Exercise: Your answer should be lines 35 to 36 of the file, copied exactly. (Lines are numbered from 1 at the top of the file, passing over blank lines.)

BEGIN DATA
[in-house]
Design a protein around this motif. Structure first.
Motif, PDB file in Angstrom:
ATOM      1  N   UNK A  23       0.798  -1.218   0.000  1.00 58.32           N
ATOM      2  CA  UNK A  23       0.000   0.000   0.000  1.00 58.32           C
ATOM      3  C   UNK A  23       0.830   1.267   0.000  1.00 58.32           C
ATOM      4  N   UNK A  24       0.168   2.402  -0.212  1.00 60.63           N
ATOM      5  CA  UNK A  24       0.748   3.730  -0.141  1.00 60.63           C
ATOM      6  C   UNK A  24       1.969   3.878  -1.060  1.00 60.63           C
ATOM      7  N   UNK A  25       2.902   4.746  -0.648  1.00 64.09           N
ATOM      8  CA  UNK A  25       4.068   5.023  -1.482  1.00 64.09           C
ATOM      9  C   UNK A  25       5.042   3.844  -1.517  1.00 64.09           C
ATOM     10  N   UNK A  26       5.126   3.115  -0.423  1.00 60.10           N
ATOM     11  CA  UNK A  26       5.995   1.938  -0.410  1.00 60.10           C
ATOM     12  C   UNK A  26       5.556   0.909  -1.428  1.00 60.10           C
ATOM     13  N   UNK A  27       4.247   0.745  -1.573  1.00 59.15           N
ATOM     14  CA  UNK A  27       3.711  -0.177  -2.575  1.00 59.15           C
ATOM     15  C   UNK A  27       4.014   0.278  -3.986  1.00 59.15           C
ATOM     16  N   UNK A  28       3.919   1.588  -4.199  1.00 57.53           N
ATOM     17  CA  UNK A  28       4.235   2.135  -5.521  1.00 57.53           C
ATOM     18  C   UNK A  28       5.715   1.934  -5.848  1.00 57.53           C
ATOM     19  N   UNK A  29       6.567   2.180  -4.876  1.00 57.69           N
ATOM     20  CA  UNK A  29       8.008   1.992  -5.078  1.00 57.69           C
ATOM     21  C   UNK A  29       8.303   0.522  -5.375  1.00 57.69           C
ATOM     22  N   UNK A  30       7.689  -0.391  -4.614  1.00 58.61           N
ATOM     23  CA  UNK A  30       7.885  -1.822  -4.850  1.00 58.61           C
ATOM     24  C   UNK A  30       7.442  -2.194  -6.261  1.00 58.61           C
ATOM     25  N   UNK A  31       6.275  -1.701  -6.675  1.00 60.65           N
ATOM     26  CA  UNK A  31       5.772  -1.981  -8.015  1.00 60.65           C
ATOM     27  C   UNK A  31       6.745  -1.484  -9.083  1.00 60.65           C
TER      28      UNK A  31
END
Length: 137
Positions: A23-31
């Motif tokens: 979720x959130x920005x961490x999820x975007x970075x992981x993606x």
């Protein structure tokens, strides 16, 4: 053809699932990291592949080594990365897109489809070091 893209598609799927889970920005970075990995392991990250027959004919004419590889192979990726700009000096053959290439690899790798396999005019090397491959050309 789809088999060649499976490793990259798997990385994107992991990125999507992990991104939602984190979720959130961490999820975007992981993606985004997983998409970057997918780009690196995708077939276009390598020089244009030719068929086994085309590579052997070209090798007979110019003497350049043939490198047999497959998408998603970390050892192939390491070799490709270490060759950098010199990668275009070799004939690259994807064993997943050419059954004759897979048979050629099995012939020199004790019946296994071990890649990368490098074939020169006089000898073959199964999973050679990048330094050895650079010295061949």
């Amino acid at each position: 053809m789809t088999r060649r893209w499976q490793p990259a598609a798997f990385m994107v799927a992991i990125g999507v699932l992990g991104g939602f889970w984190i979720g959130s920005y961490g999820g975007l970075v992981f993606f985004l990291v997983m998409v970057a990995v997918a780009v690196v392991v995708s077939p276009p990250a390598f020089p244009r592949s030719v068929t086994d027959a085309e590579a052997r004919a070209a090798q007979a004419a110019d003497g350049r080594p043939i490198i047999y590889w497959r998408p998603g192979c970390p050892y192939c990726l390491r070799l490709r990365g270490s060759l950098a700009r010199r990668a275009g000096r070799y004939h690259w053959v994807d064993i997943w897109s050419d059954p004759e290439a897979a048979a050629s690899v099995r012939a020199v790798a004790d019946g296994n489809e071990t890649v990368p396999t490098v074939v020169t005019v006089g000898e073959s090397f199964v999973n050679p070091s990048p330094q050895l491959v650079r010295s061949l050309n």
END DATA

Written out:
């Motif tokens: 979720x959130x920005x961490x999820x975007x970075x992981x993606x």
């Protein structure tokens, strides 16, 4: 053809699932990291592949080594990365897109489809070091 893209598609799927889970920005970075990995392991990250027959004919004419590889192979990726700009000096053959290439690899790798396999005019090397491959050309 789809088999060649499976490793990259798997990385994107992991990125999507992990991104939602984190979720959130961490999820975007992981993606985004997983998409970057997918780009690196995708077939276009390598020089244009030719068929086994085309590579052997070209090798007979110019003497350049043939490198047999497959998408998603970390050892192939390491070799490709270490060759950098010199990668275009070799004939690259994807064993997943050419059954004759897979048979050629099995012939020199004790019946296994071990890649990368490098074939020169006089000898073959199964999973050679990048330094050895650079010295061949």